BUSINESSES face a “huge” risk of insolvency the coming months as a host of factors combine to threaten their future, it is claimed.

Government support has kept thousands of firms from becoming insolvent in the Covid crisis – but there are warnings that the situation could worsen.

The Federation of Small Business has warned 250,000 small businesses could close this year.

The insolvency practice Antony Batty said there were four key factors putting extra pressure on businesses:

  • The first repayments falling due for coronavirus business interruption loans (CBILs)
  • Late payment of invoices
  • The January tax return deadline, although self assessment taxpayers will not be penalised if they complete their returns in February
  • The risk of directors not fulfilling their duties when insolvent.

Clive Fortis, of the Bournemouth office of Antony Batty, said: “The first CBIL repayments are now only three months or so away, which means that an extended lockdown period could force more businesses to the edge of insolvency as their income remains much reduced.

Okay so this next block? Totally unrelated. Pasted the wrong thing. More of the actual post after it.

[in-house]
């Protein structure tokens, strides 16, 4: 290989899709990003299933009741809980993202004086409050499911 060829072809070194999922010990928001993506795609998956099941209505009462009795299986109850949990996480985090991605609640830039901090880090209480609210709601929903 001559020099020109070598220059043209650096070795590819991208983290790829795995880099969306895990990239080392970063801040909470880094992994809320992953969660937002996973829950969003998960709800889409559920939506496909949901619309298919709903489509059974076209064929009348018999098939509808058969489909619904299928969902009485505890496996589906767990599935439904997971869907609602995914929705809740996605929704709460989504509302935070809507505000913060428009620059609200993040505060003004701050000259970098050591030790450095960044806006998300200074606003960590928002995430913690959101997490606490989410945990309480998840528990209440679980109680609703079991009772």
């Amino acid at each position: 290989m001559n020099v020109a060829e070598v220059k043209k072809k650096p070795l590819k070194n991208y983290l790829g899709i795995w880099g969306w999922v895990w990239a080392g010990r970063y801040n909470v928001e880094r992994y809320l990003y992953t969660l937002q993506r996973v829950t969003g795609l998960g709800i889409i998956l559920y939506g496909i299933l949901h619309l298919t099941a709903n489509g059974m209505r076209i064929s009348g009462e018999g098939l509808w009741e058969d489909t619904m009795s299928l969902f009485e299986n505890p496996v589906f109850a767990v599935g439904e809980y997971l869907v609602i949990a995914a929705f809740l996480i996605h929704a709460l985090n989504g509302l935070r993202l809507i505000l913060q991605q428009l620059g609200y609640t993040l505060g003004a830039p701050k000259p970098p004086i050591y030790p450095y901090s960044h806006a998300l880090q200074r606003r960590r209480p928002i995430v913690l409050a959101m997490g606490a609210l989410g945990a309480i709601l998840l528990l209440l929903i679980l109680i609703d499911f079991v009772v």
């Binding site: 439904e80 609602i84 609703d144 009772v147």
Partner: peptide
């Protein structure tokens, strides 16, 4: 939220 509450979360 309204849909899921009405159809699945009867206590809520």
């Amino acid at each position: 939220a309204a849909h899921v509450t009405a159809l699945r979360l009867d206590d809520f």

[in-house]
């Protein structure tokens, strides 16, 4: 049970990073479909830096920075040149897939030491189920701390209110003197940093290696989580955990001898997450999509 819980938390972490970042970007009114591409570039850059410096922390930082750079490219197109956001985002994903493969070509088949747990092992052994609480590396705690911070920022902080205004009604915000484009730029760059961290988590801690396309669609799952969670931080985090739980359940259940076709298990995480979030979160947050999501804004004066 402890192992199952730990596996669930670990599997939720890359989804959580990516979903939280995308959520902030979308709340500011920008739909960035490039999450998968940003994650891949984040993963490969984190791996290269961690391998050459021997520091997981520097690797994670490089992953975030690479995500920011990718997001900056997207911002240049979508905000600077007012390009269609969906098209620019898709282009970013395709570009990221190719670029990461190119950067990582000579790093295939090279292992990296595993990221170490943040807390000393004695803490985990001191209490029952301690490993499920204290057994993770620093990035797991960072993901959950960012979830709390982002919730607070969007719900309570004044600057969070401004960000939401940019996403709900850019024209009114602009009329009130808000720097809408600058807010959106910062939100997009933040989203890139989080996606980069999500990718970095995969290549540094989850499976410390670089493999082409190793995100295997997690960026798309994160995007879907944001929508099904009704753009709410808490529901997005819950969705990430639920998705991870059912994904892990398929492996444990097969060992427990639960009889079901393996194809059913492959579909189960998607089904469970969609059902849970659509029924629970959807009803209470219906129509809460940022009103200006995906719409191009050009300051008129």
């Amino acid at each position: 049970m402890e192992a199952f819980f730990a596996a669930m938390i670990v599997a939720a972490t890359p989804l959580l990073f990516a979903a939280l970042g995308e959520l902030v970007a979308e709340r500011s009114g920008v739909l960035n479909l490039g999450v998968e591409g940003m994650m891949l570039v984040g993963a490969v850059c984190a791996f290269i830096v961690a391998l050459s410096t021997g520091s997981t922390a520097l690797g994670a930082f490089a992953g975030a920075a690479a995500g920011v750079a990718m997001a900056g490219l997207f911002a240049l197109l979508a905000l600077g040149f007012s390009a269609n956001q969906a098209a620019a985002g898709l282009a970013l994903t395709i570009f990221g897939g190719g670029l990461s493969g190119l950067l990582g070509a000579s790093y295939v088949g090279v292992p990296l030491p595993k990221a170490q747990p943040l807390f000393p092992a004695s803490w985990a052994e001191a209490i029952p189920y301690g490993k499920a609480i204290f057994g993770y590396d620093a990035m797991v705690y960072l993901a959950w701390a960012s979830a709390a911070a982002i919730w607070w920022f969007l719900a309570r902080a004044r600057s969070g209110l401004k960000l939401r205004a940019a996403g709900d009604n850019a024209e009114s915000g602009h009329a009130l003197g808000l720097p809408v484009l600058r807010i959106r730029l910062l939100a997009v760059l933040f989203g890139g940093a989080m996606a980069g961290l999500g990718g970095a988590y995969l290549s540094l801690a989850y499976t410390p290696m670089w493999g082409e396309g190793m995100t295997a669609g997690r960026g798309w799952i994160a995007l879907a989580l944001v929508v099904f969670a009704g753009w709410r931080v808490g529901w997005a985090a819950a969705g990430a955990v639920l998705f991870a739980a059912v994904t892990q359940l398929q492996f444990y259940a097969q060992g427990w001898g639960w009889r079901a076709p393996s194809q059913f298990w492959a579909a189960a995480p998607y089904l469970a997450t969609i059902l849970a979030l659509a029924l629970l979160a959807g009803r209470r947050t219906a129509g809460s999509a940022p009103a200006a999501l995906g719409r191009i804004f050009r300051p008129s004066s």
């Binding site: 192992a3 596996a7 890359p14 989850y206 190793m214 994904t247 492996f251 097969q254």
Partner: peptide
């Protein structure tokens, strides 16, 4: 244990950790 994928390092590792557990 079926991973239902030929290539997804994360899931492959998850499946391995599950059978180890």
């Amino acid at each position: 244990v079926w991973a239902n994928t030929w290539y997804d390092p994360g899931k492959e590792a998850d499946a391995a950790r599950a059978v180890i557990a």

“It might well be that the government will act on this and extend the interest free period, but as things stand, such repayments could force companies into insolvency.”

He warned that directors had to tread carefully to avoid personal liability and the possibility of misfeasance claims, director disqualification or even prison.

“It is also worth highlighting that if CBILs are misused and the receiving company becomes insolvent, insolvency practitioners have statutory powers of investigation, with personal liability for directors again being a likely outcome for the outstanding loan,” he said.

He said the key “sins” to avoid were wrongful trading, which involves a company carrying on while insolvent; fraudulent training, where a director knows the business is insolvent and attempts to deny creditors what they are owed; creditor preferences, where one creditor is favoured over another; and transactions to dispose of assets at less than their value.

He added: “Directors must always be aware of their company’s financial position. Pleading ignorance is no excuse. Indeed, failure to recognise that a company is in financial difficulties is likely to be seen as irresponsible, negligent and proof of ‘unfit conduct’ by the directors.”